Local historian Paul Griffiths spoke about Australia and Indigenous history more broadly, emphasising the latter’s richness and complexity. ‘We tend to go to Europe to experience culture, but imagine the level of cultural concentration in Australia, with thousands of generations living in one place, and imagine too the diplomacy required to manage 250 nations, more nations than in the entire world today’. Paul even alluded to the possibility that Australia is the cradle of humanity, as opposed to Africa. ‘The Aboriginal peoples tell us they have been here forever’, he said. ‘They tell us stuff. And the thing is, they keep turning out to be right’.
Looking at northern Sydney more specifically, this area has, according to Paul, one of the largest concentrations of cultural sites in the world, with over 2,000 recorded instances of rock art and painting. Their preservation, it seems, is an accident of history. The Pittwater area would have offered Aboriginal people a plentiful food supply, but the land was of little interest to Europeans since, unlike western Sydney, it didn’t lend itself to agriculture. Thus we have a region of relatively dense Indigenous settlement, yet one comparatively undisturbed by European ingress.
Paul described local Aboriginal cultural sites as a ‘three dimensional encyclopaedia of knowledge’. The land, the people, the songs, the sky and the stars are all interconnected. This struck a chord with Neil Evers. ‘I call our rock art the first computers’, he said. ‘Generations input information. Now we have to figure out what it all means’.
Paul described Aboriginal society as non-hierarchical. ‘Responsibilities were shared, everyone had a role to play.’ And that’s why the decimation of the population after 1788 was so catastrophic, since it caused gaps in Aboriginal society which were not easily filled.
Obviously a two-hour talk could barely scratch the surface of a topic such as Indigenous culture. Among the valuable things to come out of the event were Paul’s suggestions as to further reading. The more accessible recommendations include:
A recording of the event, made on behalf of the Scotland Island Recreation Club, can be found here.
The Two Catherines: Perspectives on Island History
Catherine Bouffier (1857 – 1940),
after whom Scotland Island’s Catherine Park is named.
|Catherine’s daughter, Elvina, after whom Elvina Bay is named. Elvina’s two children, Pat and Hilda, gave their names to a reserve on Scotland Island.|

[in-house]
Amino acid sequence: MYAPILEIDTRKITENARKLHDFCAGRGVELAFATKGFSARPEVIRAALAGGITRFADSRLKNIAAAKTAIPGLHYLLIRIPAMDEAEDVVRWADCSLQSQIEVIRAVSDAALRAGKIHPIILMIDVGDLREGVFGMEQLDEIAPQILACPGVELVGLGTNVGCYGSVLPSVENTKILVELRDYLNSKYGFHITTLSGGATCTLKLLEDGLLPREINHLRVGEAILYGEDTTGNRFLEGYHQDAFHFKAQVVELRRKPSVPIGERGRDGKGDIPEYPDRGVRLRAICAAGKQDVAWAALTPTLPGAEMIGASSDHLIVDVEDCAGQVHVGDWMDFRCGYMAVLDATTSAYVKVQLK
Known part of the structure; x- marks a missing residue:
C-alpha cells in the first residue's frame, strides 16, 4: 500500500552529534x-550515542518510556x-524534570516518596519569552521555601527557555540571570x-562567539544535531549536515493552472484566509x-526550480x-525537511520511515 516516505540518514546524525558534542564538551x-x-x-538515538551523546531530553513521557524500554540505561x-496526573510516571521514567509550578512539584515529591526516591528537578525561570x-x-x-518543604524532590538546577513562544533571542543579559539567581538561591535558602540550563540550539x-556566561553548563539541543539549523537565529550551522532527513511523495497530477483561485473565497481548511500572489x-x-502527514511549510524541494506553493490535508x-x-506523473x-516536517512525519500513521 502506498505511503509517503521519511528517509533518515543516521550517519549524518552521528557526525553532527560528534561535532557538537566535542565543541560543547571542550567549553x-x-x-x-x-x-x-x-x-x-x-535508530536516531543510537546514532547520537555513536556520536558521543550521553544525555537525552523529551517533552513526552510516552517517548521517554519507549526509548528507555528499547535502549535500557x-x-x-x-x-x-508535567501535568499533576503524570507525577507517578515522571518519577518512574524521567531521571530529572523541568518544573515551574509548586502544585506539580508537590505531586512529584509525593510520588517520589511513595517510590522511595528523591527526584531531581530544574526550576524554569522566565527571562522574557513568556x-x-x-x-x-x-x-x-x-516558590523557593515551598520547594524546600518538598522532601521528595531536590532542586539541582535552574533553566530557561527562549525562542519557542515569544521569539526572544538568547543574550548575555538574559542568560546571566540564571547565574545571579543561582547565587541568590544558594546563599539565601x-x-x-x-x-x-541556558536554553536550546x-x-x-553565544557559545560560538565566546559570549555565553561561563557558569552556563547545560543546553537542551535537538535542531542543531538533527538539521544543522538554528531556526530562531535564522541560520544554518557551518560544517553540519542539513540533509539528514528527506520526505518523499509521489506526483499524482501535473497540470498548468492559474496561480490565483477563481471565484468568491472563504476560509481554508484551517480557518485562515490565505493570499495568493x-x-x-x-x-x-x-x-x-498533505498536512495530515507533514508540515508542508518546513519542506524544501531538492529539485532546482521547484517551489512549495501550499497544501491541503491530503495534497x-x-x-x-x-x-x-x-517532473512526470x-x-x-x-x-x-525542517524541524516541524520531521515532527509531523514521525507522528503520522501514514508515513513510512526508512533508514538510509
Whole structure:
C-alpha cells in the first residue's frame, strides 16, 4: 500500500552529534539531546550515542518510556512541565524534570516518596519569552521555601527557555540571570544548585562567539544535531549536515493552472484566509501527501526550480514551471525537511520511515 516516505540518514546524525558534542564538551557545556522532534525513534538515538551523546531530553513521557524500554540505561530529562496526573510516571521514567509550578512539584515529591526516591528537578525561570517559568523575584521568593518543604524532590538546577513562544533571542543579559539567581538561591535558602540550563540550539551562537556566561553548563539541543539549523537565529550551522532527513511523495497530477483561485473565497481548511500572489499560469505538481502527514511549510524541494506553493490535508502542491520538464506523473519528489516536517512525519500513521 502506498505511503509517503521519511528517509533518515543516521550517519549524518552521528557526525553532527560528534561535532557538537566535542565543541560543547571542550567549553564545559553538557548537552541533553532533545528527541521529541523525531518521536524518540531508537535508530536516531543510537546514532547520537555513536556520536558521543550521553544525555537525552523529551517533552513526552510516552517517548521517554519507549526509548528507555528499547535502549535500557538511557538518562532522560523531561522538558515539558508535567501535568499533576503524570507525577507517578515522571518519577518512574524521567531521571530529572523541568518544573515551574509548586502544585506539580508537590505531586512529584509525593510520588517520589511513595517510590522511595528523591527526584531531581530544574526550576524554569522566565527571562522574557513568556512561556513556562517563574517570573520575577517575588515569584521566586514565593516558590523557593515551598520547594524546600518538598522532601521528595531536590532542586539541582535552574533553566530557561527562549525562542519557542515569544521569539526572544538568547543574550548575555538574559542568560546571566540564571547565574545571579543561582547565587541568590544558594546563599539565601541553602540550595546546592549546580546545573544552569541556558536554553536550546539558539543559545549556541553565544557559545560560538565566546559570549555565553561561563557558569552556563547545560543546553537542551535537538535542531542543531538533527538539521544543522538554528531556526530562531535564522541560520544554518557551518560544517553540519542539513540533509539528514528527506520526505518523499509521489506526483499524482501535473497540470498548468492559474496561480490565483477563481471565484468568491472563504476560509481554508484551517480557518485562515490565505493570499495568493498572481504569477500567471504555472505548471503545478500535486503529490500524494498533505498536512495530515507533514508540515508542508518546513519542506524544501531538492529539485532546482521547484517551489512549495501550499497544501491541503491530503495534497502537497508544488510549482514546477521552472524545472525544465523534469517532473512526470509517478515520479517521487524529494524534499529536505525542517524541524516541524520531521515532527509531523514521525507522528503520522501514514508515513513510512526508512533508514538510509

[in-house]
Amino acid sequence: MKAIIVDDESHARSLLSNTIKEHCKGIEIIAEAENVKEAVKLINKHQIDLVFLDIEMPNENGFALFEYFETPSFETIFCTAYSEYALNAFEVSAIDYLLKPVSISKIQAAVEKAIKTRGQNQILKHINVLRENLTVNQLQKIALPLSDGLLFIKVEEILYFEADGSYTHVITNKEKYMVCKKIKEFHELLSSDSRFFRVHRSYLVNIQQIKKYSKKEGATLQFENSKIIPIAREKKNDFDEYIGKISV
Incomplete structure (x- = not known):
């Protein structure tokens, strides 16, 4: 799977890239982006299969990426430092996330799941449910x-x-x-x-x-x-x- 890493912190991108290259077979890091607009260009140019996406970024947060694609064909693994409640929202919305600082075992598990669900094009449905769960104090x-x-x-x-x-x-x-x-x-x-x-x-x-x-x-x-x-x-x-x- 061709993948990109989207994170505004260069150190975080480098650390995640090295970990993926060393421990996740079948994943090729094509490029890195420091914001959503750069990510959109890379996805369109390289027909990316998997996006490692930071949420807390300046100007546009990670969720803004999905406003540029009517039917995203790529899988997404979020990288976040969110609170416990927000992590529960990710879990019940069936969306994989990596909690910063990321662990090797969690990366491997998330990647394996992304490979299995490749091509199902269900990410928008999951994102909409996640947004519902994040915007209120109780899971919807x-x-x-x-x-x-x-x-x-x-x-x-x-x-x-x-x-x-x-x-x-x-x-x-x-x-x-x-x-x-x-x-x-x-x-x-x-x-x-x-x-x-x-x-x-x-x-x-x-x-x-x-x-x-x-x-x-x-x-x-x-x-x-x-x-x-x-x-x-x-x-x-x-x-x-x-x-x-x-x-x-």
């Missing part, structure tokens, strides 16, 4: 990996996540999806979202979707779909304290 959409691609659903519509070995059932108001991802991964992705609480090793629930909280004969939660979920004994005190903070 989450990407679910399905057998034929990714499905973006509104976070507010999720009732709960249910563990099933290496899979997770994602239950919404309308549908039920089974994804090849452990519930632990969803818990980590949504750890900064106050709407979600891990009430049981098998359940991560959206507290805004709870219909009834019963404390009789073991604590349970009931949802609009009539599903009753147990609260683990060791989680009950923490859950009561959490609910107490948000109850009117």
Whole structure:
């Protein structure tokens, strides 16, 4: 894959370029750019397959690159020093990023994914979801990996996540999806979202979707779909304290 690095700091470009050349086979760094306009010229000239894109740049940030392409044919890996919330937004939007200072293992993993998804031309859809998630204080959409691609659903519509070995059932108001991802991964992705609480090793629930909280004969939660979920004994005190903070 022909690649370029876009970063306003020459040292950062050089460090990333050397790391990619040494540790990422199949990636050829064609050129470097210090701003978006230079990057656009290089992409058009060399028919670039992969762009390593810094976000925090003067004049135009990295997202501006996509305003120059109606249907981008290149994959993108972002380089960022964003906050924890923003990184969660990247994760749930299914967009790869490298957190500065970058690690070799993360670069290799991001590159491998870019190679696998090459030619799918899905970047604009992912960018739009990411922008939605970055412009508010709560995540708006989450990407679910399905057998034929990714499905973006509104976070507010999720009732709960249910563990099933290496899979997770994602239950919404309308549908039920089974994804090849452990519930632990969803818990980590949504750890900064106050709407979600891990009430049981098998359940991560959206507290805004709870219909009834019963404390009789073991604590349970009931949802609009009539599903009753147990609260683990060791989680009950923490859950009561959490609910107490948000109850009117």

Saturday will see the second of two talks relating to the history of Pittwater.
This talk will look at the arrival of European settlers in the area, and their relations with Indigenous locals. Speakers include local historian Paul Griffiths and islander Craig Burton. It will include a Welcome to Country from Neil Evers, Chair of the Aboriginal Support Group, Manly Warringah Pittwater.
The event will focus on Catherine Bouffier. Descended from German migrants, Catherine married into the Bouffier family, pioneers in the wine industry in the Hunter Valley. Catherine kept her husband’s business afloat after his death and Bouffier Brothers became a major Australian wine label around the time of federation.
Catherine was the mother of Florence and Elvina. Florence went on to marry Herbert Fitzpatrick, who developed Scotland Island and Elvina Bay for housing in the 1920s. Florence gave her name to Florence Terrace, while Elvina Bay is named after her sister.
A video on Herbert and Florence Fitzpatrick, as well as Catherine Bouffier, can be found here.
Afternoon tea will be served.
In order to be COVID-compliant, registration is essential. Participants must be fully vaccinated (unless exempt). Please bring a mask and a phone to check in.
To register, click here.
Scotland Island Community Hall
Most Saturdays, 3 – 5 pm
Bird Prints Art Workshop
Scotland Island Recreation Centre
Saturday 20 November, 10 – 12 noon
Scotland Island Fire Brigade: Training
Sunday 21 November, 9 – 12 noon
Fully vaccinated brigade members are welcome to this training session at the fire station.
Please register your attendance using the SIRFB website.
COVID protocols will be observed, including the wearing of masks indoors.
International Folk Dancing
Scotland Island Community Hall
Saturday 27 November, 7 – 9 pm
Christmas party: please bring a plate and a bottle to share
NB:COVID protocols apply:
- everyone aged 16 or older must be fully vaccinated (unless exempt)
- Please bring a mask.
Scotland Island Café
Sunday 28 November, 10 – 12 noon
Book Launch: ‘Water Access Only’
Scotland Island Recreation Centre, Sunday 5 December
Young Musicians’ Concert
Scotland Island Community Hall
Sunday 5 December, 2- 4 pm